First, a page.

Mar 5, 2024
Tax time: Classifying farm employees correctly

See related article: Tips to prepare for filing taxes

Tax season is here and it’s time for producers to file taxes for their operations. In this two-part Ask the Expert series, tax professionals partnering with USDA debunk common misconceptions about taxes and USDA programs.

This week we will focus on farm employees and mistakes for employers to avoid when filing taxes.

Kevin Burkett is an Extension associate at Clemson University working in farm management and taxation, providing tax and farm management education. This includes work with producers, tax professionals, students and others in agribusiness.

Myth No. 1:  Choosing to pay employee as independent contractor

It is important that business owners understand rules and implications for independent contractors versus employees.

Kevin Burkett
Kevin Burkett

In agriculture, there is often a cyclical and seasonal nature that results in unique working relationships. Sometimes a business may inadvertently treat someone as an independent contractor when they should be classified as an employee.

There are specific rules for determining the type of relationship that exists. It always depends on the facts and circumstances of a particular scenario. The common law examines the behavioral control, financial control, and the overall relationship of the two parties, in this Internal Revenue Service document.

The “economic reality” examines if the worker is financially dependent on the decisions of the business or if they operate in an independent nature, separate from the farming business.

Generally, a business would prefer a worker to be an independent contractor, and the worker would like to be classified as an employee. This can further muddy the issue. Overall, there can be significant tax and legal consequences when a worker is not properly classified as an employee.

Numerous resources are available through the Internal Revenue Service (IRS) such as: this IRS discussion pageIRS Publication 1779, and IRS Publication 15-A.

It is not always clear how a relationship should be defined.

For a brief analysis:

  • An employee performs services for a business where an employer has control over what will be done and how it will be done.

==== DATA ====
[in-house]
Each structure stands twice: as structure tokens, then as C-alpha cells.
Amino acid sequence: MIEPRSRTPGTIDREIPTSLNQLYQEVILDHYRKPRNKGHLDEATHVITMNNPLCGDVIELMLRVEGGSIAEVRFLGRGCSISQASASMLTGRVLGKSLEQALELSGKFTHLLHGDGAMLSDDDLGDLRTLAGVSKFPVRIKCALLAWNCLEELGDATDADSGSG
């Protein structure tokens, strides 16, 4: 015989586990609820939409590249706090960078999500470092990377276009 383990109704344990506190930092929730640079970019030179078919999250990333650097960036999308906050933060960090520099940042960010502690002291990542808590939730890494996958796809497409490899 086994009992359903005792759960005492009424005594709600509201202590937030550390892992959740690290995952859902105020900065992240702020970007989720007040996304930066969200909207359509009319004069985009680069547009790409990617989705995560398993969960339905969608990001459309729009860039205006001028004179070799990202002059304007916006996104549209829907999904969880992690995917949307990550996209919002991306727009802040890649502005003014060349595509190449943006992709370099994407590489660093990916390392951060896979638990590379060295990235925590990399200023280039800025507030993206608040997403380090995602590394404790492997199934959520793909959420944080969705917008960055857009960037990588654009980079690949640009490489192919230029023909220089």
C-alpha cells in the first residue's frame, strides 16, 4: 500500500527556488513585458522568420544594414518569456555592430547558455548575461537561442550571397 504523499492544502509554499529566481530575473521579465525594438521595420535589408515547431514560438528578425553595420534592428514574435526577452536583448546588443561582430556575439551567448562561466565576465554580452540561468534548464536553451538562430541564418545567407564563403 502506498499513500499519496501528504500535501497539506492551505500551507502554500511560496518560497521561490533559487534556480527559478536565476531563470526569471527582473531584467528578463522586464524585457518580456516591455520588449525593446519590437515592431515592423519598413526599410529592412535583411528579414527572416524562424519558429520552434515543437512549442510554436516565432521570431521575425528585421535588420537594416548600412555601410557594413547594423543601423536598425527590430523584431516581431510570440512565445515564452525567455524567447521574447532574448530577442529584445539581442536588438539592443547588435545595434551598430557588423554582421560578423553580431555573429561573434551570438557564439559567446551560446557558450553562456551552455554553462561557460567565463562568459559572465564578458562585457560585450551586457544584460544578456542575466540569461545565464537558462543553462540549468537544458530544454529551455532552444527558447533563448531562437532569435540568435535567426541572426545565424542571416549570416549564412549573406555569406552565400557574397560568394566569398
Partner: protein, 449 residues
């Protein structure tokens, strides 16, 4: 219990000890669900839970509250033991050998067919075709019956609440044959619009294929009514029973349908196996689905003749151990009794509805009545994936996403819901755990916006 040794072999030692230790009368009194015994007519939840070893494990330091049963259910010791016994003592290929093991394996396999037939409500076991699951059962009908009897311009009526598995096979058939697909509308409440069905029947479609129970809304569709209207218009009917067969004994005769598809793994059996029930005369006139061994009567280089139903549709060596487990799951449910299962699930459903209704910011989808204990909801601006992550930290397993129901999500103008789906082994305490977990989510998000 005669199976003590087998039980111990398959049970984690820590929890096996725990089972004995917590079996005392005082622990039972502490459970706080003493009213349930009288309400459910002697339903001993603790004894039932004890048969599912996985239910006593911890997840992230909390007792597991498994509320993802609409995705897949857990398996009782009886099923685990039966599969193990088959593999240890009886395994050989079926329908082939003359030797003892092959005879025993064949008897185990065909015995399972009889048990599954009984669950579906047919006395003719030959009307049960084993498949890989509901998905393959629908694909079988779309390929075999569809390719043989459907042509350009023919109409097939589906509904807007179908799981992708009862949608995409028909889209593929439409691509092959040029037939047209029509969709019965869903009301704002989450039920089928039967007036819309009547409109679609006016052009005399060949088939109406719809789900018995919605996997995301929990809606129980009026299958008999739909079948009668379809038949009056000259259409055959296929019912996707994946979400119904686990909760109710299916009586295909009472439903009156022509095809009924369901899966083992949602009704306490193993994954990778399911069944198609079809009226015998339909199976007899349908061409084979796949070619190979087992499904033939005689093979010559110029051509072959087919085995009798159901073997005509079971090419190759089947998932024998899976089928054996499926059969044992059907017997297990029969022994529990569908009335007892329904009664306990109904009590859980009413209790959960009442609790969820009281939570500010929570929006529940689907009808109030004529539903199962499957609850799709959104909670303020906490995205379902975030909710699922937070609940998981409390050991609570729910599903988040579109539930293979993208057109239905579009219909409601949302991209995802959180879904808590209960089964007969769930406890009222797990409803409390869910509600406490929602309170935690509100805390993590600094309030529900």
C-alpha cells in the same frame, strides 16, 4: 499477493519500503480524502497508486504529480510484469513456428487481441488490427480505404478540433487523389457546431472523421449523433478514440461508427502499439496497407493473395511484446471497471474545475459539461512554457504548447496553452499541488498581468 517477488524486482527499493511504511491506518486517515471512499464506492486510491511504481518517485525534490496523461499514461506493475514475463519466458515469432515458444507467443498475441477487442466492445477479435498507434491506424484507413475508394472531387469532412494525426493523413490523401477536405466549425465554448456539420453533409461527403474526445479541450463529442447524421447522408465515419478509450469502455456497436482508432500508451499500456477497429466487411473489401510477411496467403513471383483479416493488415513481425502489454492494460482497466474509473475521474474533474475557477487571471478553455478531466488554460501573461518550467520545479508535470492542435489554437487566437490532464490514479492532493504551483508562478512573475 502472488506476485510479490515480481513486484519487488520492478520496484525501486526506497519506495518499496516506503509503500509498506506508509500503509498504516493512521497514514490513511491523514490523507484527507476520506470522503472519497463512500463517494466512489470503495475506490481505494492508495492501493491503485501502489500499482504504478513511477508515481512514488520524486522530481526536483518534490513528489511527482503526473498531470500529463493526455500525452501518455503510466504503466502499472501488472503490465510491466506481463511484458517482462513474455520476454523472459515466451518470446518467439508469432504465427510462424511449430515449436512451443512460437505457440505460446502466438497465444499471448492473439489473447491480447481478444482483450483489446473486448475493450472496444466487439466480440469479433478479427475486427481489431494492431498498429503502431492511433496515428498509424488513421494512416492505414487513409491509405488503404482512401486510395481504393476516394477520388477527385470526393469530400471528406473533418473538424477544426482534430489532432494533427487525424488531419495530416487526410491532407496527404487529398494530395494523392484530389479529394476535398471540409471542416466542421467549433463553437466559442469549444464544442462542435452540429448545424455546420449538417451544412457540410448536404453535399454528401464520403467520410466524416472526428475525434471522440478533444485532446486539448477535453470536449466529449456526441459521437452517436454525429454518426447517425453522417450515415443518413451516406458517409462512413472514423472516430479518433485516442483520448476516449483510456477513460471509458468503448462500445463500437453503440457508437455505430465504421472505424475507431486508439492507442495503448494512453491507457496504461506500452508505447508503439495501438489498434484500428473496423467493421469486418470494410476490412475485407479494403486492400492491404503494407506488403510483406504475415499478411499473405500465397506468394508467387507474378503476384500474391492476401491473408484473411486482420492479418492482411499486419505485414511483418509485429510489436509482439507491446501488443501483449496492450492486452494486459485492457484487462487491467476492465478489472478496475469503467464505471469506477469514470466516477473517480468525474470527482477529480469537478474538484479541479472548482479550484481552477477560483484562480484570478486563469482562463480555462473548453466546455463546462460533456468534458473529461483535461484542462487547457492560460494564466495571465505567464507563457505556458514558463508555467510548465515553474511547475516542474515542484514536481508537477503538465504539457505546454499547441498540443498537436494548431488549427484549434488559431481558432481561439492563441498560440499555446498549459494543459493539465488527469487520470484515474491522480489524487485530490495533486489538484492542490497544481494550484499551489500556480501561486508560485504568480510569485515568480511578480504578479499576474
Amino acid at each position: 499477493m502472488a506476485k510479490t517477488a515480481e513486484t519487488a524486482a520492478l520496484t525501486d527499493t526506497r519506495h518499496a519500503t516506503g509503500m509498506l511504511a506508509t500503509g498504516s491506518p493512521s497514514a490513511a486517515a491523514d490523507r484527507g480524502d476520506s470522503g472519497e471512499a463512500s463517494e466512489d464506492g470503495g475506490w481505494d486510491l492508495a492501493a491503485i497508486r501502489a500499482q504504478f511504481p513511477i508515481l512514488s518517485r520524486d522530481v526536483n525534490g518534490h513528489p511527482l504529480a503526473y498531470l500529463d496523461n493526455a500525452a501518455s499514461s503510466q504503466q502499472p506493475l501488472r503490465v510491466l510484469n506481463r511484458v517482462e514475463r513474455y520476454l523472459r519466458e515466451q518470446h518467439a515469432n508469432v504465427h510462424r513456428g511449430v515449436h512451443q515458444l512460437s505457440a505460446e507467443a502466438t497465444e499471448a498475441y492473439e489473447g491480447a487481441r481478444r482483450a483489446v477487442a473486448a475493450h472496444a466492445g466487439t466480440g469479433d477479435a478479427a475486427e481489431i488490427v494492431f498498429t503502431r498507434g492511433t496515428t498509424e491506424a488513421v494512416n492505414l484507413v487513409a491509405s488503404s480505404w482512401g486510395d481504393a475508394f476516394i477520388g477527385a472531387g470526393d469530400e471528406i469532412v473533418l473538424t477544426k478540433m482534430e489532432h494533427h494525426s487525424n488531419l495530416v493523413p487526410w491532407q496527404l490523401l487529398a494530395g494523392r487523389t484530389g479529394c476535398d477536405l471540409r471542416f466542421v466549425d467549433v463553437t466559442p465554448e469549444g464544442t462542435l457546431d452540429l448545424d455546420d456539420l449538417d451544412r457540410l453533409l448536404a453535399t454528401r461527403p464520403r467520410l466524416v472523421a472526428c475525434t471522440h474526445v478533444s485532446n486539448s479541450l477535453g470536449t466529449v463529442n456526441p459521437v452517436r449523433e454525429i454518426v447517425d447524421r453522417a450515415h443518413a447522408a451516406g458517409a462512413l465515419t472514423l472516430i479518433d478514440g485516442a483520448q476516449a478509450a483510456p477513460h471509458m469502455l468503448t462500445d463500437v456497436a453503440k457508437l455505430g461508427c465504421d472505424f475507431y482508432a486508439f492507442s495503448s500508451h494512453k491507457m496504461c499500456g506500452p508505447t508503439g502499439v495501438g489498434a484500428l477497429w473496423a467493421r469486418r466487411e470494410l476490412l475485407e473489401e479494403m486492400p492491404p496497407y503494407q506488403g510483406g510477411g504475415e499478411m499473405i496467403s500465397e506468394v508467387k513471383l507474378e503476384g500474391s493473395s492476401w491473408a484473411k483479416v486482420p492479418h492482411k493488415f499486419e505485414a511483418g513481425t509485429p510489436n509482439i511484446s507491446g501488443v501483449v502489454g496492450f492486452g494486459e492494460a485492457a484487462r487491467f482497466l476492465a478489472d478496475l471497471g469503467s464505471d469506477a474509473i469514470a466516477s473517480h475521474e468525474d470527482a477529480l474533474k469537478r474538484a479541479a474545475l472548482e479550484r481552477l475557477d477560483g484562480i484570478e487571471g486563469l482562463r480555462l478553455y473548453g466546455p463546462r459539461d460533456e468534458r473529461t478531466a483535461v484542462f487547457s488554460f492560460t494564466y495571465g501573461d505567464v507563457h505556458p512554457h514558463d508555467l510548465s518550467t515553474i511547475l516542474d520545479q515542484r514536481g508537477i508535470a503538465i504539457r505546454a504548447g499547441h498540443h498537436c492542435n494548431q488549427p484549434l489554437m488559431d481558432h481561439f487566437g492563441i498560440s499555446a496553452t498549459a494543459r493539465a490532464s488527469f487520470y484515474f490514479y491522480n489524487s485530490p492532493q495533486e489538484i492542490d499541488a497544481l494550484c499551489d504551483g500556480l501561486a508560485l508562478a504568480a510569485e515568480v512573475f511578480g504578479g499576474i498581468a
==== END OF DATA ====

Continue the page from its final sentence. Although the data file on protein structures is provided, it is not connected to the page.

• An independent contractor self-directs what they will do and how they will do it. A payer for those services only has control in the result of the work.

An independent contractor is typically engaged for shorter-term, project-based work that results in them receiving one or several lump-sum payments. Assuming the payments are greater than $600 for their services, a 1099 will be issued from the business to both the worker and the IRS. (Even if a 1099 is not required to be issued, these payments should still be properly recorded by the worker and the business).

An employee is a more indefinite relationship, and the engaging business directs and oversees the worker. This is a greater relationship than a project-based and arm’s length arrangement. The worker receives a W-2 from the employer and could be entitled to other benefits from the employer such as insurance, work leave, minimum wage, etc.

If no conclusion can be reached in regard to the relationship, a request can be sent to the IRS via Form SS-8. The IRS will review the circumstances of the scenario and make a determination.

Myth No. 2: Misclassifying employees is OK

For tax purposes, a business that misclassifies an employee as a contractor can be subject to $50 per unfiled W-2, 1.5% or 3% penalty on the wages, 20% or 40% for employment taxes for the employee, and 100% for employment taxes for the employer portion. These can be substantial amounts for the employer. If the employer is found to “intentionally disregard” the law, they can be fully liable for income taxes that should have been withheld. There will likely be state tax consequences as well.

Additionally, there can be other legal and social consequences the business must deal with. This could range from a bad reputation for the employer, to significant fines, bans, lawsuits or even jail time, depending on the severity. For this reason, tax preparers, employers, workers, and other business consultants should be aware of the current rules and how to navigate them appropriately.

More information about taxes and USDA programs is available on the Taxes and USDA Programs webpage.



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